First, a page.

On the bivariate analysis of socio-demographic factors unable to read and write and primary education had a significant increase the risk of delay in seeking health care of TB treatments. Respondents with poor knowledge about tuberculosis, and those with prior attendance at holy water, traditional healers and nearby drug stores were associated with patient delay in seeking health care of tuberculosis treatments. Residence and distance in the environmental factors had also showed increasing risk of delay in seeking health care. Respondents with poor income were 1.7 times more likely to delay in seeking health care of TB treatments (Table 3).
On multi-variate analysis, traveling long walking distance and being rural were associated with delay in seeking health care of TB treatments. The odds of delay in seeking health care of TB treatments for those who traveled long walking distance longer than 10 Km were 65% higher than the odds of respondents travelled within 10 Km from the health institutions with [AOR: 1.65, CI (1.09, 2.52)]. The odds of delay in seeking health care of TB treatments for rural resident were also 59% higher than the odds of their counterparts with [AOR: 1.59, CI (1.03, 2.45)]. Prior attendance at holy water [AOR: 2.58, CI (1.61, 4.15)], at nearby drug store [AOR: 2.69, CI (1.55, 4.66)], and at traditional healers [AOR: 6.80, CI (3.62, 12.79)] had also shown association of patient delay in seeking health care of tuberculosis treatments. Having poor knowledge about tuberculosis was another important factor found to cause patient delay in seeking health care for TB treatments. The odds of delay in seeking health care of TB treatments for respondents with poor knowledge about TB were twofold times higher than the odds of delay in seeking health care of respondents with good knowledge about tuberculosis with [AOR; 1.87, CI (1.24, 2.83)]. Only variables, which were associated with patient delay in seeking health care of tuberculosis treatments for both Bivariate and Multivariate analysis displayed (Table 3).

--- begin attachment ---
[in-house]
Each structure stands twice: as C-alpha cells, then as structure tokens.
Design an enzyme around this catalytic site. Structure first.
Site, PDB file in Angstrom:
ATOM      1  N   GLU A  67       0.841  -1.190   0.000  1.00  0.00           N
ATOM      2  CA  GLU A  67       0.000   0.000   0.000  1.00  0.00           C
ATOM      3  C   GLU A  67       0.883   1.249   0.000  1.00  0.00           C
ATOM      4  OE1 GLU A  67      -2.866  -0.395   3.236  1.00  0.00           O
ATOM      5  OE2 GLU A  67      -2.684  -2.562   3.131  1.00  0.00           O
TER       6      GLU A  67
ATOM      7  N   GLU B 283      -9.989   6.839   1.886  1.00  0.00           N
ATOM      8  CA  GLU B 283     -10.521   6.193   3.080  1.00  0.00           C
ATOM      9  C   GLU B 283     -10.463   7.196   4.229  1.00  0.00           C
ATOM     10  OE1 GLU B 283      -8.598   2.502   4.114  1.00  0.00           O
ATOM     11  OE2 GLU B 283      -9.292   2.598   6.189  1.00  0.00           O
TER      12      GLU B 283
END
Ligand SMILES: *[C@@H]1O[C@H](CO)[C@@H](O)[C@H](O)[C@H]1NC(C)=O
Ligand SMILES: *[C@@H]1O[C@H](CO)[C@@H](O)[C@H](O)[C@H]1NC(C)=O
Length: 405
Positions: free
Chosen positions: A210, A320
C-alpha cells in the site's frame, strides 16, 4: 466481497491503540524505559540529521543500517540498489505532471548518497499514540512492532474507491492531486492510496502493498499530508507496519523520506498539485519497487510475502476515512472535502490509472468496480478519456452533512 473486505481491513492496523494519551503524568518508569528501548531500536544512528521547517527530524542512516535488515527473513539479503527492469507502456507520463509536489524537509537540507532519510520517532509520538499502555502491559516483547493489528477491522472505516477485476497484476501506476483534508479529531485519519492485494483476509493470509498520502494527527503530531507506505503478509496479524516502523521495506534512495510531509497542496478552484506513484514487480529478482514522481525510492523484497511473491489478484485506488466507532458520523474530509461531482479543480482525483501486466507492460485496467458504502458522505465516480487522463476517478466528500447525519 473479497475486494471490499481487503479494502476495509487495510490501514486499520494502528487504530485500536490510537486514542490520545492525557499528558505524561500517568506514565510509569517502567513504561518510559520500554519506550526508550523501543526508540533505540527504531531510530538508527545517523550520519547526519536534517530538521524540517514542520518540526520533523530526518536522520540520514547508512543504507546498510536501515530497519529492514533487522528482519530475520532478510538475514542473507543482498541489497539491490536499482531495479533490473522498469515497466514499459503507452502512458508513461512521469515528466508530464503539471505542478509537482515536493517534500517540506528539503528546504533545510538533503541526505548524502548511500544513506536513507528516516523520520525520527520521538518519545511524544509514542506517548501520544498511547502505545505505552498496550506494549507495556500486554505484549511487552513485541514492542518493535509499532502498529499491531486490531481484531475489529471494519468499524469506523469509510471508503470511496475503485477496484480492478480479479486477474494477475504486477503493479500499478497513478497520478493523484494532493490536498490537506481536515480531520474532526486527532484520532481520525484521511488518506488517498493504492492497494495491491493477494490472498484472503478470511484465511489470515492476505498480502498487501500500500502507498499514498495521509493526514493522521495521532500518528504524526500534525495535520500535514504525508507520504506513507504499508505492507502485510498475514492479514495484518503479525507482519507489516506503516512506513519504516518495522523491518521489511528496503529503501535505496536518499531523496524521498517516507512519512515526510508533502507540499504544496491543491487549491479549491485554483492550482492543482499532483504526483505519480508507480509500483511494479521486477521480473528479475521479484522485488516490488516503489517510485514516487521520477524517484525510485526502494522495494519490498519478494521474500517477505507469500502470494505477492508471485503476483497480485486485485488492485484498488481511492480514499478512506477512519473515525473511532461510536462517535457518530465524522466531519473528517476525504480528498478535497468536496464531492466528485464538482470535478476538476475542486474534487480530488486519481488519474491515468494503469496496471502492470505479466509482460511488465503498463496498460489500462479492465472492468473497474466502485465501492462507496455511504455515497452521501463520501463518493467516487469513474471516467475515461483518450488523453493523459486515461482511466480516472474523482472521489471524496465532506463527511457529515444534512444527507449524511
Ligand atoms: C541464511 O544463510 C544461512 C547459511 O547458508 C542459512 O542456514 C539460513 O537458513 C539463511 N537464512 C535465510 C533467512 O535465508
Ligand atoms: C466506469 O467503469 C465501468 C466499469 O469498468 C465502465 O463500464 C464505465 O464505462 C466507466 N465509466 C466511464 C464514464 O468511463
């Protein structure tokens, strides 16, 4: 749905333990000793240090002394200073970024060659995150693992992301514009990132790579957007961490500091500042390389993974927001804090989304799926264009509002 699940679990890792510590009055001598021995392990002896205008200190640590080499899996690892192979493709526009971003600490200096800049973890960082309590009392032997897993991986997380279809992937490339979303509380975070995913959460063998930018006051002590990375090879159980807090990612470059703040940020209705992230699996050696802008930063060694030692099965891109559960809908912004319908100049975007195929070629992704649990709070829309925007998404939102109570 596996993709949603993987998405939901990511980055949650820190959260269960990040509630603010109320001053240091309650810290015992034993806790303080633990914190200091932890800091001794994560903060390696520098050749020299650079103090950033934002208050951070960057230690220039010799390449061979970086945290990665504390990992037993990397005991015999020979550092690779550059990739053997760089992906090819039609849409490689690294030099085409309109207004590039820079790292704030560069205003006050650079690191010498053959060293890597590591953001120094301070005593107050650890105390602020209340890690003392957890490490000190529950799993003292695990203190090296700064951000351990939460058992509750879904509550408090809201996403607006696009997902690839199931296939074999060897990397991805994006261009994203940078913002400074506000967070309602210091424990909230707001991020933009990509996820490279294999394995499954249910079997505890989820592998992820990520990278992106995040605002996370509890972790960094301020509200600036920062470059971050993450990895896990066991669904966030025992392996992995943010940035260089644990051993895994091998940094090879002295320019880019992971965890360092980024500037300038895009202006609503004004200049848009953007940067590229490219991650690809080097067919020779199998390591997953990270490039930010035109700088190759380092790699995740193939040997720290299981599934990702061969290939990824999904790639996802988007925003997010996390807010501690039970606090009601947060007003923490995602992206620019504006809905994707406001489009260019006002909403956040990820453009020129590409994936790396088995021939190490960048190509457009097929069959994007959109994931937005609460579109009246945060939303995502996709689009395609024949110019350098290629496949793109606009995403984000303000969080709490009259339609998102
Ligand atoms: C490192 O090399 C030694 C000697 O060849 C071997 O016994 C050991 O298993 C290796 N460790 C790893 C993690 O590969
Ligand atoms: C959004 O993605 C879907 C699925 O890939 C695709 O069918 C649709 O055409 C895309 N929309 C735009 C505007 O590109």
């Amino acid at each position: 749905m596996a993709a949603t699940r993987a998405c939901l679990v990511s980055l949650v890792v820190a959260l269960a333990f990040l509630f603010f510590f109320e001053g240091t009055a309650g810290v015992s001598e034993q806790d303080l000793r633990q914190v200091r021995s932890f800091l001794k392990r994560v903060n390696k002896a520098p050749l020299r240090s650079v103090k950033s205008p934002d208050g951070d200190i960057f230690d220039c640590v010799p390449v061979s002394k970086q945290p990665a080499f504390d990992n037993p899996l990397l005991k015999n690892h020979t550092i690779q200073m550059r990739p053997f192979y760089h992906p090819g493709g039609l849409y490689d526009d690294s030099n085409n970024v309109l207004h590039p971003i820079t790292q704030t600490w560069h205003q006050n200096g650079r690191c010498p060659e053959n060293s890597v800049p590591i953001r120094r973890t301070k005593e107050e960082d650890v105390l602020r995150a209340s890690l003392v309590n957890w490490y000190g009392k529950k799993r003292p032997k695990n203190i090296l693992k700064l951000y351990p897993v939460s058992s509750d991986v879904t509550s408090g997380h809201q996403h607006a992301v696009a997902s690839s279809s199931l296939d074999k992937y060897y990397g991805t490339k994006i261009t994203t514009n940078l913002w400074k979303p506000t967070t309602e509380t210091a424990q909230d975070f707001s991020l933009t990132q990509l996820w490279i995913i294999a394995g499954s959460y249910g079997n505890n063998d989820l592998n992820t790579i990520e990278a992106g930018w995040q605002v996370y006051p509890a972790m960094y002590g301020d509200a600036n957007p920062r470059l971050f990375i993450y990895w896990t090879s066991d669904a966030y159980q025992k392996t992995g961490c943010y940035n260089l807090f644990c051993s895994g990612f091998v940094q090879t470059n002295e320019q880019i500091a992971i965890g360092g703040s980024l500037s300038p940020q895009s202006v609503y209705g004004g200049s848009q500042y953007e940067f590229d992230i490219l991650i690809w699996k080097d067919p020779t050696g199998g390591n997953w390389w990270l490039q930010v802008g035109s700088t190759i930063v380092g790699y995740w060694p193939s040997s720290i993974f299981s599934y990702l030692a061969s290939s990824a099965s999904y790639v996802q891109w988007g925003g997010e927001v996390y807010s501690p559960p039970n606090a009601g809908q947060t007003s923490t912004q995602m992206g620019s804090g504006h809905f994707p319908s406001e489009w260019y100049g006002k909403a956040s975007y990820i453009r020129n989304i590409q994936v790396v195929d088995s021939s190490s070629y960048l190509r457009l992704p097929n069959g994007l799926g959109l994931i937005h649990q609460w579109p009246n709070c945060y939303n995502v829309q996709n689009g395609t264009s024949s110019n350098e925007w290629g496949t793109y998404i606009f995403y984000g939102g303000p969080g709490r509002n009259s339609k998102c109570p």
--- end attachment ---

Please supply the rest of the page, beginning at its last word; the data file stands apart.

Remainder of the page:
|Variables||Patient delay||COR (95%CI)||AOR (95% CI)|
|>30 days||<30 days|
|Informal treatment sources|
Table 3 Summary of Bi-variate and Multi-variate analysis of factors associated with delay in seeking health care among Pulmonary Tuberculosis patients in North Wollo Zone, Northeast Ethiopia, 2013(n=528).
The finding of this study indicated that there is a substantial prolonged delay in health care seeking of pulmonary tuberculosis patients after the onset of symptoms. World Health Organization (WHO) classifies unexplained cough with or without other symptoms lasting 2-3 weeks as TB suspect and the patient will seek treatments within the given period . However, studies added extra margin of 7 days to take 30 days as cut-off to assess magnitude of patient delay: a delay > 30 days [4,12,19].
In this study, the magnitude of patient delay in seeking health care was 62.3%, with 95% CI(58.1%, 66.5%) which is in comparable with a study done in Addis Ababa (58%)  and longer than the previous studies in Amhara (4l.8%)  and Tanzania (31.5%) . But it was lower than the study done in Bale Zone with prevalence of 89.9% . The discrepancy is due to the study setting and geographical inaccessibility. This might be due to expansions of DOTS services in agrarian community, which made better accessibility in seeking health care for TB treatments compared to pastoralist communities in Bale Zone. Another possible reason might be this study includes some urban and most rural health facilities compared to a solely urban setting in Tanzania.